Toys of the Spice Islands, Part 2
By Mike Bennighof, Ph.D.
Our Second Great War story line posits an alternative history in which the First World War (here called the First Great War) ends on Christmas Day 1916 with a negotiated settlement. War returns a generation later, and in Royal Netherlands Navy we take a look at the Second Great War’s outbreak in the Far East.
Royal Netherlands Navy makes use of a sheet of pieces we produced, in prodigious quantity, for a long-out-of-print supplement called Spice Islands. Other than sharing those pieces, the two works have little in common; both include a Dutch fleet more in keeping with the Netherlands’ economic and industrial strength – therefore much more powerful than the one actually in place when war came to the Netherlands East Indies in late 1941.
Here's a look at more toys from Royal Netherlands Navy, wrapping up the overview started in Part 1.
The Royal Netherlands Navy did obtain aircraft carriers, but not until after the Second World War. They don't seem to have seriously studied building them before the war, but I wanted them to have them in the game — one of the underlying purposes of the scenario design was to let players fight with more-or-less evenly matched forces on the wonderful Strike South maps.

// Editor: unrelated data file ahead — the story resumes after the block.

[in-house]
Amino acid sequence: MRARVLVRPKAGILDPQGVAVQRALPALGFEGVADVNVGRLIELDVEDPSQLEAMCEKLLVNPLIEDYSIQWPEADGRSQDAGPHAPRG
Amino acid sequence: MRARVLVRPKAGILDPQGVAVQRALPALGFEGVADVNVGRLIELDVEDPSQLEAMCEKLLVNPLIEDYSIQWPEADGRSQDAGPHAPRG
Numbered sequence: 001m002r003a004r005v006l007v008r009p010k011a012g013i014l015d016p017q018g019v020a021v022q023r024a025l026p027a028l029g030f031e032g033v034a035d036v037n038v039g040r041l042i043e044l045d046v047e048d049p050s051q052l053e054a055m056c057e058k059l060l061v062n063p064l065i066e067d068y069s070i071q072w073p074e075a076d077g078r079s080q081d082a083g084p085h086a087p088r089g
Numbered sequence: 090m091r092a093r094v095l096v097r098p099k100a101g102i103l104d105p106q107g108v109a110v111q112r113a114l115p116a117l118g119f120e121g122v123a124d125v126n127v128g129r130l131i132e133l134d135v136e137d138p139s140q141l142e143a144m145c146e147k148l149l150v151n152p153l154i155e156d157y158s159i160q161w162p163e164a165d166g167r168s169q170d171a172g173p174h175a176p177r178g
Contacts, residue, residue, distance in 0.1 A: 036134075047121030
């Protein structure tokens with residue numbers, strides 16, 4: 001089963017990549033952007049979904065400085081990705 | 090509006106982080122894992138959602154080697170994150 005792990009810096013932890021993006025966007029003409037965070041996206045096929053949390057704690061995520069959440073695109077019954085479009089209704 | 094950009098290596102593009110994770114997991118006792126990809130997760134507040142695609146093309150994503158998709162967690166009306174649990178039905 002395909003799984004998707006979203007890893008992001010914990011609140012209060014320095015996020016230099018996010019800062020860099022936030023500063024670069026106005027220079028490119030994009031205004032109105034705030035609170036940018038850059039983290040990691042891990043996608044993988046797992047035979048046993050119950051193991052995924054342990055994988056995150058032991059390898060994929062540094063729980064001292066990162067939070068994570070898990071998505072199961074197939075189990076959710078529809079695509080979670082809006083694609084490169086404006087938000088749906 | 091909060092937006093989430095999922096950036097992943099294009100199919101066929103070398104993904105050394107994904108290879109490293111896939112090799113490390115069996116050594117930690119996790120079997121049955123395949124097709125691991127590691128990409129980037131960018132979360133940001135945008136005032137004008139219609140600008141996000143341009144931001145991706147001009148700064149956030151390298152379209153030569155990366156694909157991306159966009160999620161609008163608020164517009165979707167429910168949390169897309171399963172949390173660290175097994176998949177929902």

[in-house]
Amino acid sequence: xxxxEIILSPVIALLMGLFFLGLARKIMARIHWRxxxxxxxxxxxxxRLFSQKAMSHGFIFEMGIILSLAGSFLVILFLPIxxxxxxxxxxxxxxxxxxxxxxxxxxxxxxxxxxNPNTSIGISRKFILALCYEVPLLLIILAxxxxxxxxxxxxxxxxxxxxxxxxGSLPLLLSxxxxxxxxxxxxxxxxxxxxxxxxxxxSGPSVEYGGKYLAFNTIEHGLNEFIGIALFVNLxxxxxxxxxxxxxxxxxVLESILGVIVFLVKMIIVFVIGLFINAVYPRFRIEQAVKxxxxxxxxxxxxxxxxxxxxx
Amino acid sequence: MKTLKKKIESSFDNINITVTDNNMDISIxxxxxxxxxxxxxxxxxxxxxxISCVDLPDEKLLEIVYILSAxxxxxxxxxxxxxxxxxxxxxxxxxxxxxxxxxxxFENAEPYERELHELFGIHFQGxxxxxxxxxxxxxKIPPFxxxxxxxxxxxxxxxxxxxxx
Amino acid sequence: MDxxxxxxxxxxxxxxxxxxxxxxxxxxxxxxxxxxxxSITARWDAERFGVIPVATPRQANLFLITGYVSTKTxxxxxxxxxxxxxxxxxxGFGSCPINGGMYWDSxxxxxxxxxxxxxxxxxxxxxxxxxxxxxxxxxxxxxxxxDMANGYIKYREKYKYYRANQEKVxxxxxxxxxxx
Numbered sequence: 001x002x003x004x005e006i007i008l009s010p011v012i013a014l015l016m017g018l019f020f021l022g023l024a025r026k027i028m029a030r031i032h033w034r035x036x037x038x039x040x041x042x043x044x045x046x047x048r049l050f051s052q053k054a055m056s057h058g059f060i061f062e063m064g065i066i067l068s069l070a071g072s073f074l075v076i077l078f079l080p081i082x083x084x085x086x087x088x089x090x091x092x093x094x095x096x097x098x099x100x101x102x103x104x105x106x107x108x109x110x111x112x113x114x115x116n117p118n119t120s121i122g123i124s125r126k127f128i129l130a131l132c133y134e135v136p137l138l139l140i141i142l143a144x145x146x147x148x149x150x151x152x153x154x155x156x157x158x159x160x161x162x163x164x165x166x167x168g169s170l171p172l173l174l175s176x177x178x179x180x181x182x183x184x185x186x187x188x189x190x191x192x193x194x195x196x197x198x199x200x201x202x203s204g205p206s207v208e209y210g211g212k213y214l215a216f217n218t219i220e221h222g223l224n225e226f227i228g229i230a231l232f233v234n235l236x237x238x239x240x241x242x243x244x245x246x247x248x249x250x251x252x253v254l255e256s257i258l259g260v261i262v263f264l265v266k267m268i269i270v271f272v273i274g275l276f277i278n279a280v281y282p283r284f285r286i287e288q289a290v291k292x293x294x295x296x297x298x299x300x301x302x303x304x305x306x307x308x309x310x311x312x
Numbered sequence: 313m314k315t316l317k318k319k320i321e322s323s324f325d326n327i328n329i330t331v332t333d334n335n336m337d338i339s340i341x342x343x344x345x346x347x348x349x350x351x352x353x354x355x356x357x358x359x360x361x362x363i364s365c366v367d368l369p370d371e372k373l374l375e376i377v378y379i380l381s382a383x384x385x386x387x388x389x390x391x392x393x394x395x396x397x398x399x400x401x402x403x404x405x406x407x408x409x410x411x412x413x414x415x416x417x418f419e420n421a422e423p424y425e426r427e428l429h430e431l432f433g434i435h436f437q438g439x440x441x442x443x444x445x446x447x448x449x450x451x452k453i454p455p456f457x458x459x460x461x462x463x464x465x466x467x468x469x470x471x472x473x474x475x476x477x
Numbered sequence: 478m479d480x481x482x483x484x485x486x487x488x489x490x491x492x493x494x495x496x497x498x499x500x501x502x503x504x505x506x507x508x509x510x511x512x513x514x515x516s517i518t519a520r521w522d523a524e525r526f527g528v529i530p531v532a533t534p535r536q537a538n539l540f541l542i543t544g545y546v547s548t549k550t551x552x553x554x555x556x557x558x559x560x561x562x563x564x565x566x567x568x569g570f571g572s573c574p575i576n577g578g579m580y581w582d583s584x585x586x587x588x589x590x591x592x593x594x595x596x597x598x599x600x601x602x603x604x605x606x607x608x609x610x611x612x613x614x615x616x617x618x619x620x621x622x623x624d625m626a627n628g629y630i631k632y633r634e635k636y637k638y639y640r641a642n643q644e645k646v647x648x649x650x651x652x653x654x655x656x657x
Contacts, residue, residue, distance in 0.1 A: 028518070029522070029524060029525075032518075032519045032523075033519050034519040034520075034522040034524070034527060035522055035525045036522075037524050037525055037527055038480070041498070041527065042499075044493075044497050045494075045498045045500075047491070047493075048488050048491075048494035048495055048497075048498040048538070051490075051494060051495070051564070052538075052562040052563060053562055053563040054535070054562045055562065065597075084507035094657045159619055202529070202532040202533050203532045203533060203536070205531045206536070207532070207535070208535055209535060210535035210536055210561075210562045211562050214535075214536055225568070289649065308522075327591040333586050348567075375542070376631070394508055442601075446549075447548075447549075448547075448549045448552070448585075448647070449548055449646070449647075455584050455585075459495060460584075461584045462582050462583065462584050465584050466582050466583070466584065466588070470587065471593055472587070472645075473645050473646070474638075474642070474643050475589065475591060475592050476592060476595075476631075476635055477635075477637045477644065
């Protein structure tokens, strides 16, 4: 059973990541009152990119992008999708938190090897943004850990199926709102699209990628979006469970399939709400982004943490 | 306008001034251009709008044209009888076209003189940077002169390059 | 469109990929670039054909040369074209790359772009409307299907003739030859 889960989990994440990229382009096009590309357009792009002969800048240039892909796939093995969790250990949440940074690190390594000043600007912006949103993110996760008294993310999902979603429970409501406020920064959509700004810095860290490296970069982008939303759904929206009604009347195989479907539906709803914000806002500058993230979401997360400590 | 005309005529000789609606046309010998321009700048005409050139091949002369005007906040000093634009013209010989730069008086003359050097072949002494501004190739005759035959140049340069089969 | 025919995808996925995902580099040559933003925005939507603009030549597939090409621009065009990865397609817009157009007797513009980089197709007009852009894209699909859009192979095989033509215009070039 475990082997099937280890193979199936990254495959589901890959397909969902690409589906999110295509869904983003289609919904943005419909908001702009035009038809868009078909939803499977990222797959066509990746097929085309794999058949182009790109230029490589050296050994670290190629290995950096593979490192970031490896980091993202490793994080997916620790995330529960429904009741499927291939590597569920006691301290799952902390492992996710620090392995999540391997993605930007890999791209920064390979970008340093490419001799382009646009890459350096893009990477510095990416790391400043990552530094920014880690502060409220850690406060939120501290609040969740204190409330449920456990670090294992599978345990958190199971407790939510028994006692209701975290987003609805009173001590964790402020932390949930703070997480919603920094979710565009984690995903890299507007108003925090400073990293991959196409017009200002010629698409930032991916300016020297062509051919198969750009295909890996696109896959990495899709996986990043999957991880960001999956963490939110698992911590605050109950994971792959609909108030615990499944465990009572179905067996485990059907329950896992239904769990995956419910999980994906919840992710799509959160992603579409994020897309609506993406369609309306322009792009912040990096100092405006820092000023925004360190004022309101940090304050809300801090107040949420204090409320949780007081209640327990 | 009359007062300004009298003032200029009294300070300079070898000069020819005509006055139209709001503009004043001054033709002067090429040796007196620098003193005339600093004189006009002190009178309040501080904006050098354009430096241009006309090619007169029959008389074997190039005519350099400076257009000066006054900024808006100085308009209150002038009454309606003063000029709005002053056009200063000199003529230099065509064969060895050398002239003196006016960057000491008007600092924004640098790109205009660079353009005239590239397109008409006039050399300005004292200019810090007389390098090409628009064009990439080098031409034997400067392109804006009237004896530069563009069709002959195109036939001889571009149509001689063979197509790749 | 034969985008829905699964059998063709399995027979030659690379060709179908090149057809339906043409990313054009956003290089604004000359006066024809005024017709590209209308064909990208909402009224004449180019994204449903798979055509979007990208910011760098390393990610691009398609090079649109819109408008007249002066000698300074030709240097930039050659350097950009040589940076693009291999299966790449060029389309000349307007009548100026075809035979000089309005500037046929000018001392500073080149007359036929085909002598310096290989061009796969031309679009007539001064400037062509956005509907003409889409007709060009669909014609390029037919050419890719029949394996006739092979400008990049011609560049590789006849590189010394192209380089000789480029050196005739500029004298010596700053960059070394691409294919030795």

There are three light carriers provided, improved and enlarged versions of the British Hermes. Ships like this were studied by the Royal Navy and particularly by the Royal Canadian Navy — Sir John Jellicoe, the victor of Jutland, pressed hard for this type of aircraft carrier during the 1920s. The Dutch were probably aware of the Jellicoe recommendations regarding Canada's fleet plans, but I have no evidence that they looked at the Improved Hermes concept.
Aircraft carriers need airplanes. The Dutch East Indies forces, to a much greater extent than those of the homeland, looked to American manufacturers for aircraft and I went with the hypothesis that they'd have done to same to fill their carrier decks. The carriers field Wildcat fighters and Vindicator dive bombers — many small carriers did not have armored stowage for torpedoes and did not field torpedo bombers, and I extended that principle to the Dutch as well.
The Dutch embraced the light cruiser as a compromise between their defense needs and their unwillingness to spend large sums on the fleet. And usually these ships showed all the problems of a compromise, summed up in the light cruiser De Ruyter, the Dutch flagship during the actual battles of 1942.
De Ruyter had initially been intended as a heavy cruiser, bearing 8-inch guns. But in an effort to save money, she was downgraded to 6-inch guns and greatly reduced in size. Only one unit was built instead of the four initially considered, and so we had her three unbuilt sisters in the Spice Islands mix (and thus in Royal Netherlands Navy), the Gelderland class. The De Ruyter drawing has received a major upgrade from Strike South.
We also have her heavy cruiser guise, with six 8-inch guns and a heavier anti-aircraft battery. Dutch ships usually carried a heavier anti-aircraft suite than comparable ships in other navies, and boasted the sophisticated Hazemeyer control system that boosted their effectiveness. The De Kock class is only a weak heavy cruiser, however, and not the sort of upgrade provided by the big Aemilla class described in part one of this overview. They're named for the Dutch leaders who conquered the East Indies.